Fernando Luis García

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Fernando Luis García
Birth nameFernando Luis García Ledesma
Born(1929-10-14)October 14, 1929
Utuado, Puerto Rico
DiedSeptember 5, 1952(1952-09-05) (aged 22)
near Panmunjom, Korea
AllegianceUnited States of America
Service/branch United States Marine Corps
Years of service1951–1952
Rank Private first class
UnitCompany I, 3rd Battalion, 5th Marines
Battles/warsKorean War
Awards Medal of Honor
Purple Heart Medal

Fernando Luis García (October 14, 1929 – September 5, 1952) was a United States Marine Corps private first class who was killed in action during the Korean War and posthumously awarded the Medal of Honor for heroism above and beyond the call of duty on September 5, 1952, during the Battle of Bunker Hill (1952). He was the first of nine Puerto Rican servicemen to be awarded the Medal of Honor and is the only Puerto Rican Marine to be awarded the medal.


García (birth name: Fernando Luis García Ledesma [note 1]) was born in Utuado, Puerto Rico where he received his primary and secondary education. He moved to San Juan where he was hired by the Texas Company as a file clerk.[1]

U.S. Marine Corps[edit]

Korean War[edit]

On September 19, 1951, García joined the United States Marines Corps and received his recruit training at Parris Island, South Carolina. After he graduated from "boot camp", he was promoted to private first class in December[2] and was sent to Camp Lejeune, North Carolina for more training before being sent to Korea in March 1952.

García was a member of Company I, 3rd Battalion, 5th Marines, 1st Marine Division. On the night of his death, he and his company were posted about 1 mile (1.6 km) from the enemy lines at "Outpost Bruce" in the Bunker Hill area.[3] Chinese soldiers were attacking with artillery, mortars, and grenades. García was wounded and getting hand grenades from his acting platoon sergeant when an enemy grenade landed near them.[4] García covered the grenade with his body, sacrificing himself to save the life of his fellow Marine who was wounded by the blast. García died instantly. For this heroic action, he was posthumously awarded the Medal of Honor.[2]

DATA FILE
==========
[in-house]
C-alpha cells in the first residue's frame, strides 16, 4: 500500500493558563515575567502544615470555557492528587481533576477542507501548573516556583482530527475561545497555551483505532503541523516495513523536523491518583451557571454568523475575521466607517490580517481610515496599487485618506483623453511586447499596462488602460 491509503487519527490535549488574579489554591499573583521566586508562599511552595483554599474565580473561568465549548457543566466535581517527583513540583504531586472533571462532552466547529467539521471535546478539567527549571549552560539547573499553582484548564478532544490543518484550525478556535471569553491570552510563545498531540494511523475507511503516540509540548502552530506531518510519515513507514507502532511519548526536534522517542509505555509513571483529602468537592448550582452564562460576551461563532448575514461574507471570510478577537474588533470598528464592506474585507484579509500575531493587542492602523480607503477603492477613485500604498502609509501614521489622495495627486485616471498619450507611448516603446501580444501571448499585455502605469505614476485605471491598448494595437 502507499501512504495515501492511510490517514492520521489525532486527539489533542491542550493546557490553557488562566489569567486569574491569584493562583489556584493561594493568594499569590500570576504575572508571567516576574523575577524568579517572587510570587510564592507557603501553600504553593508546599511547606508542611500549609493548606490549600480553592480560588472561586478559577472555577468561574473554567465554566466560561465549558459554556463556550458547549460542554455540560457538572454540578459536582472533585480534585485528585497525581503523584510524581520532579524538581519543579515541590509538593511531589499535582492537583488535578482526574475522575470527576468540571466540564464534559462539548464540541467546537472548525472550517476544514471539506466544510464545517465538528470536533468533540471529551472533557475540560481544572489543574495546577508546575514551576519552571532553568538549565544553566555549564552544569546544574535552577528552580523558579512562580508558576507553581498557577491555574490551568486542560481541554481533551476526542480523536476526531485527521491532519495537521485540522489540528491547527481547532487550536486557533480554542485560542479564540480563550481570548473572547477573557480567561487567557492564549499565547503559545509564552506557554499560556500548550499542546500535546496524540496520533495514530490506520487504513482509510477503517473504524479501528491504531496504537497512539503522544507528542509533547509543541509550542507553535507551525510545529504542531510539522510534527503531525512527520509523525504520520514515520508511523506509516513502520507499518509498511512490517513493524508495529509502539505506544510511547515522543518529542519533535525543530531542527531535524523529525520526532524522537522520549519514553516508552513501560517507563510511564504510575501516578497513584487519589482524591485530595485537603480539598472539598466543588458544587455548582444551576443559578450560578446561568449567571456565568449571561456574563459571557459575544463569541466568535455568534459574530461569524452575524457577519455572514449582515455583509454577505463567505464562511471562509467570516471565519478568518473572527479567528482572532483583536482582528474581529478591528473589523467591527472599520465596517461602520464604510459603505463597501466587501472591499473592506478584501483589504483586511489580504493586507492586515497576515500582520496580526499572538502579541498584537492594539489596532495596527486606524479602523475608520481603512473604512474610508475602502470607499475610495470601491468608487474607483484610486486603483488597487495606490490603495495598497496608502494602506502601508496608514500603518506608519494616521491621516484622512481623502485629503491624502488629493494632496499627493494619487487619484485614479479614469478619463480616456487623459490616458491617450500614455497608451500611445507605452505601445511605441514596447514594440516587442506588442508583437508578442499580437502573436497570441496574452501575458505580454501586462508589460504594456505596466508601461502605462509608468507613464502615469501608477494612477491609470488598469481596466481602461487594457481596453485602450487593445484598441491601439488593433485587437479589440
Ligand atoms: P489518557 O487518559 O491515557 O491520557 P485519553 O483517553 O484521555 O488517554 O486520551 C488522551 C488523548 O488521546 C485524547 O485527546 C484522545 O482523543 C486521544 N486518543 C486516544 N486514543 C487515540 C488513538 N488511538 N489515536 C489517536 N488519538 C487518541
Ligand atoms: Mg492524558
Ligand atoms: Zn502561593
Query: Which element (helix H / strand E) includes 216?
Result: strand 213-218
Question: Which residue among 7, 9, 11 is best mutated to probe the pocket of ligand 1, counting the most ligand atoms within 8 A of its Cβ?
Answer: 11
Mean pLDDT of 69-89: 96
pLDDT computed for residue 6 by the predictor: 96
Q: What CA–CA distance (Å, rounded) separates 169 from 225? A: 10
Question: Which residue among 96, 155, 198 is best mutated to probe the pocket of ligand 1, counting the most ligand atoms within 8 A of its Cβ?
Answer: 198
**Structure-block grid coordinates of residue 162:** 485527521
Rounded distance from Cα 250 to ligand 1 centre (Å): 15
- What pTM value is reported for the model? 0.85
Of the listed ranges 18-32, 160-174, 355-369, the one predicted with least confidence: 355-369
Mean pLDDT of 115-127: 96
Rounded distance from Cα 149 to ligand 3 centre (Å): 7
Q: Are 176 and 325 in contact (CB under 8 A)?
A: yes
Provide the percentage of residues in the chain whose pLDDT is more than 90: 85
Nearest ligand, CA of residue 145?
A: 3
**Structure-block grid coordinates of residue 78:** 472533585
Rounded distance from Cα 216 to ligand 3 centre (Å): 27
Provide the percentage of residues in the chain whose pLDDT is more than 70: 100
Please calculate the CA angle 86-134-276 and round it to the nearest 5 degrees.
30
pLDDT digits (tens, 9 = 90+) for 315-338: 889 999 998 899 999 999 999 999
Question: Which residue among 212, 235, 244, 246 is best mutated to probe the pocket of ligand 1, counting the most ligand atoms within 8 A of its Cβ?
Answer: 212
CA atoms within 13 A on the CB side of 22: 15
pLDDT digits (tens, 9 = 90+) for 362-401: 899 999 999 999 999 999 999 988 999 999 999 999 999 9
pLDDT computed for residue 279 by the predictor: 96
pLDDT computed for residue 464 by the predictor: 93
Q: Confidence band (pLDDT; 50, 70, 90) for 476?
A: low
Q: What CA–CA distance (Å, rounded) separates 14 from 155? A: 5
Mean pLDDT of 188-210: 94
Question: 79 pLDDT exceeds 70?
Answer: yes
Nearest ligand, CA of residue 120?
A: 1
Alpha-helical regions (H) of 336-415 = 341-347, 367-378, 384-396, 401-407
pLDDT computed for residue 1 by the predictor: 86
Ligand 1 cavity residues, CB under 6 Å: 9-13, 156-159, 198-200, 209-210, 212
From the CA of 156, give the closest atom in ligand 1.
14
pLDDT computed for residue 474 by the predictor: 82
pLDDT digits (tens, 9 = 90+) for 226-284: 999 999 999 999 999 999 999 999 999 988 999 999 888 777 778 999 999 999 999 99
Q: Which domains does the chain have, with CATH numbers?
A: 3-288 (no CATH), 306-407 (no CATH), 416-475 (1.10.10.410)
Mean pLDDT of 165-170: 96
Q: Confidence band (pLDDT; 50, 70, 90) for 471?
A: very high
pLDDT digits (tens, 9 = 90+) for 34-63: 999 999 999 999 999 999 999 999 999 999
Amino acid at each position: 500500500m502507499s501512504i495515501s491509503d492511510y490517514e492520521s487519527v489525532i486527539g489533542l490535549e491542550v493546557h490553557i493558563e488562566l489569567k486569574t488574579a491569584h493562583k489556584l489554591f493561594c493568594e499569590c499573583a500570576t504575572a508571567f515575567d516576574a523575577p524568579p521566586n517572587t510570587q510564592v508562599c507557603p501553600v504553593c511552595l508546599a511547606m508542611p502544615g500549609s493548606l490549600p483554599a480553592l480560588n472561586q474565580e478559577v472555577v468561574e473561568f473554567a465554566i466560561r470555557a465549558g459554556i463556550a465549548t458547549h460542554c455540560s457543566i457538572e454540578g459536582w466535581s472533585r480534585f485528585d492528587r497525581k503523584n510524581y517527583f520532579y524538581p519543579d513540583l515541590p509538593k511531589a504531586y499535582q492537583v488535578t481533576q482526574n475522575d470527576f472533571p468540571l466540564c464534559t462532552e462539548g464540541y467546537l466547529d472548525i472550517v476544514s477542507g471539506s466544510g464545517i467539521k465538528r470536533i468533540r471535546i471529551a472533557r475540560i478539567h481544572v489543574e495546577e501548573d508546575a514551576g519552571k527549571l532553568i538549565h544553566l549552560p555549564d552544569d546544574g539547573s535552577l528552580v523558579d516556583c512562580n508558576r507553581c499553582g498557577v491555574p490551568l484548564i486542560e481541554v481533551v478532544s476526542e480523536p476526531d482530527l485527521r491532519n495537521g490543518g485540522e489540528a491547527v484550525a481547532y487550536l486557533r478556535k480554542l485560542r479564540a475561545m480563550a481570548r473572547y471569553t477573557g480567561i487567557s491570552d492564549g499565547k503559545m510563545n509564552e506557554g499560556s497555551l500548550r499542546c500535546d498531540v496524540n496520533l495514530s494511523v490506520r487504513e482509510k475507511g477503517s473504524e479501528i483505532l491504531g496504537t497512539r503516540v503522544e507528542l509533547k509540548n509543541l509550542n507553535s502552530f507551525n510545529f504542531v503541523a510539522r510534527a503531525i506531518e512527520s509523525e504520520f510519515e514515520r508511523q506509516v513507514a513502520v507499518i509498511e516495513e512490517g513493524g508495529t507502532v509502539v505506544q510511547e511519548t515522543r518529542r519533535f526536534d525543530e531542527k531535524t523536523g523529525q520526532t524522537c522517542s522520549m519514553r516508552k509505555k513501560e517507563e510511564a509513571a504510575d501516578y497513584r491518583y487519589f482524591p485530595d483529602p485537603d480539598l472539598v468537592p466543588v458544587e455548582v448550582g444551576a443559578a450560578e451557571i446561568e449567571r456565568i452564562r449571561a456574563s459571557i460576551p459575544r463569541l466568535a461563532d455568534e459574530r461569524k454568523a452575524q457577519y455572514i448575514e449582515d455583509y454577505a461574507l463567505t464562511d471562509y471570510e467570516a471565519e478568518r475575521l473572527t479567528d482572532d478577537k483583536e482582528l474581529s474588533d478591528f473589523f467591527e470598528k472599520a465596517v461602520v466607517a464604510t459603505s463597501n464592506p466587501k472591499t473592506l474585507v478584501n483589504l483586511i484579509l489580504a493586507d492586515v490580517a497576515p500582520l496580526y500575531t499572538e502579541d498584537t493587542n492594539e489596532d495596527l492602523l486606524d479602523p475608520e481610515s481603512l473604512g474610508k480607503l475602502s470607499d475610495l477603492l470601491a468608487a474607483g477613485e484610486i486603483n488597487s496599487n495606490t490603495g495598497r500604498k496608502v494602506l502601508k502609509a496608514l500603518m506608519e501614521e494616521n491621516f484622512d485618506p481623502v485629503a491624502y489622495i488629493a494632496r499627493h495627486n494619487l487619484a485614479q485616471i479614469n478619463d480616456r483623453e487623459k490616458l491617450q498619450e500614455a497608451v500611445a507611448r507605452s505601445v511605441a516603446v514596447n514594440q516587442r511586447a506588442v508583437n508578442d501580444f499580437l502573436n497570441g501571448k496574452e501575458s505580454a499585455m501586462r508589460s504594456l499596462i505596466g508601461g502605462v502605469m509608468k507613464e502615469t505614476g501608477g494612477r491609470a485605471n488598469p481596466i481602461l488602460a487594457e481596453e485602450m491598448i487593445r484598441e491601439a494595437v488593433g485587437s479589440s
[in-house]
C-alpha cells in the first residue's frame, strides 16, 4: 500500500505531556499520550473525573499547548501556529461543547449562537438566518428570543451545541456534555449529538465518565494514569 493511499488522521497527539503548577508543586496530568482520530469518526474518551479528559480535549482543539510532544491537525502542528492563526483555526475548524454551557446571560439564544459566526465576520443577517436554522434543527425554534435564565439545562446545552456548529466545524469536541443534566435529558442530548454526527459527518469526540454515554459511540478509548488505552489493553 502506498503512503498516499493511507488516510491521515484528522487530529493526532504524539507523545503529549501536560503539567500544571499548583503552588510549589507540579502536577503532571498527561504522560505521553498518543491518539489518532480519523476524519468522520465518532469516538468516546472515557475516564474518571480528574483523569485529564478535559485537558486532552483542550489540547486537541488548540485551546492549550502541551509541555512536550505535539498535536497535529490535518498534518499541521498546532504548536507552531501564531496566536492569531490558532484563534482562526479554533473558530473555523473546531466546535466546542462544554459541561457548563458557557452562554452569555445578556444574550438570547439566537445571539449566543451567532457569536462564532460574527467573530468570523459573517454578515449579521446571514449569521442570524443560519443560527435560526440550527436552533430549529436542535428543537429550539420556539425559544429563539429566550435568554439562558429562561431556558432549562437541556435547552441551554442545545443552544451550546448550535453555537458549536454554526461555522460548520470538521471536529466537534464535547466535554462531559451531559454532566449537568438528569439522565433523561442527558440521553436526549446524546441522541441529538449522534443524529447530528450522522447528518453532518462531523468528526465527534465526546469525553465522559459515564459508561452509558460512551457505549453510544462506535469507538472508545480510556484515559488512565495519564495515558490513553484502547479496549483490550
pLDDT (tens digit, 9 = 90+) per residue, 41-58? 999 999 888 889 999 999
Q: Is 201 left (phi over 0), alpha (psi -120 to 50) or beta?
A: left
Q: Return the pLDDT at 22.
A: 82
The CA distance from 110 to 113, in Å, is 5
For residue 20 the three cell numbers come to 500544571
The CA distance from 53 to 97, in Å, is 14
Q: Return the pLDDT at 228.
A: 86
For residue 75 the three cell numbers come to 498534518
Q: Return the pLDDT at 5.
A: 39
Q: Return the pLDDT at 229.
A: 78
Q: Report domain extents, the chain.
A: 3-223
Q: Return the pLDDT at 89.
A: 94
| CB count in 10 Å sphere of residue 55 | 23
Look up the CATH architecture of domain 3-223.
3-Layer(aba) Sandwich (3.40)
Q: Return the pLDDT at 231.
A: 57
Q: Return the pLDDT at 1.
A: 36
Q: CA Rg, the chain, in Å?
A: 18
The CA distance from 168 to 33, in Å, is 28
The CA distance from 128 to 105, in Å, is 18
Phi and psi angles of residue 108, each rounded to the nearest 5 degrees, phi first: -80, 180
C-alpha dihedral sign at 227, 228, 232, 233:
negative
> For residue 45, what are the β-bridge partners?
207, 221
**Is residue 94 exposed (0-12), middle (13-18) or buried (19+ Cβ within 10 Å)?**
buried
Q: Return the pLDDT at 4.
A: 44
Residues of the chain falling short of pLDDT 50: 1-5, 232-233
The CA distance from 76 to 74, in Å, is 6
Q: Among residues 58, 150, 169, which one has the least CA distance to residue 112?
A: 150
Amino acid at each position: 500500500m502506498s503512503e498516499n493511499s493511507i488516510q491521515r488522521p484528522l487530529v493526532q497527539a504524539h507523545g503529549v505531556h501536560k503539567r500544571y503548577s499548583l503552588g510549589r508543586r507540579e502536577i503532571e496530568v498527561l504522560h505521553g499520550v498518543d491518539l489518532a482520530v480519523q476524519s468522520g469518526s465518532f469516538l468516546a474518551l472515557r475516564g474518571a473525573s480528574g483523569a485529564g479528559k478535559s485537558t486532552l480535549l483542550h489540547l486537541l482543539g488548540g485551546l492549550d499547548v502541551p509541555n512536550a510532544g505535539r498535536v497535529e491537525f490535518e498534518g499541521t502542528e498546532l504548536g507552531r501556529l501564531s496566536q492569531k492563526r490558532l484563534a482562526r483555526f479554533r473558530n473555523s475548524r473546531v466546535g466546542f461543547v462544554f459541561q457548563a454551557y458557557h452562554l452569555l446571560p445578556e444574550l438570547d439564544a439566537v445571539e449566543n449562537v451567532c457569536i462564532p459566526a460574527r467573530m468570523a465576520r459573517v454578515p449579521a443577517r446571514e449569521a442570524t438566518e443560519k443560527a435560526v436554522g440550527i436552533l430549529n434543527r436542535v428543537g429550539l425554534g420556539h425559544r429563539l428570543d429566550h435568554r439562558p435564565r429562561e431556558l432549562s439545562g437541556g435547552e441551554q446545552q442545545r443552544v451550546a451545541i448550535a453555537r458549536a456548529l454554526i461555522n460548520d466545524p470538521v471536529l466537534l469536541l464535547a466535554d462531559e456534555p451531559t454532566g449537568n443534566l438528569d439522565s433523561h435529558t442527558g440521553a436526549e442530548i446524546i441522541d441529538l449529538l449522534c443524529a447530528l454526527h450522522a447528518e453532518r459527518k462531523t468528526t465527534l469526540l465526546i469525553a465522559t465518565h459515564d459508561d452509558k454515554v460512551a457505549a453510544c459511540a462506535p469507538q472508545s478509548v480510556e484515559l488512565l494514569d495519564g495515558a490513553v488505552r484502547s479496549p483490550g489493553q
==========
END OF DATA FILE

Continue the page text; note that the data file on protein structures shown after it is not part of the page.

García's remains were never recovered.

Medal of Honor citation[edit]

On October 25, 1953, García's parents were presented his Medal of Honor at a ceremony held in the Utuado City Hall.

The President of the United States in the name of U.S. Congress takes pride in presenting the MEDAL OF HONOR posthumously to:
For conspicuous gallantry and intrepidity at the risk of his life above and beyond the call of duty while serving as a member of Company I, Third Battalion, Fifth Marines, First Marine Division (Reinforced), in action against enemy aggressor forces in Korea on September 5, 1952. While participating in the defense of a combat outpost located more than one mile forward of the main line of resistance during a savage night attack by a fanatical enemy force employing grenades, mortars and artillery, Private First Class Garcia, although suffering painful wounds, moved through the intense hall of hostile fire to a supply point to secure more hand grenades. Quick to act when a hostile grenade landed nearby, endangering the life of another Marine, as well as his own, he unhesitatingly chose to sacrifice himself and immediately threw his body upon the deadly missile, receiving the full impact of the explosion. His great personal valor and cool decision in the face of almost certain death sustain and enhance the finest traditions of the United States Naval Service. He gallantly gave his life for his country.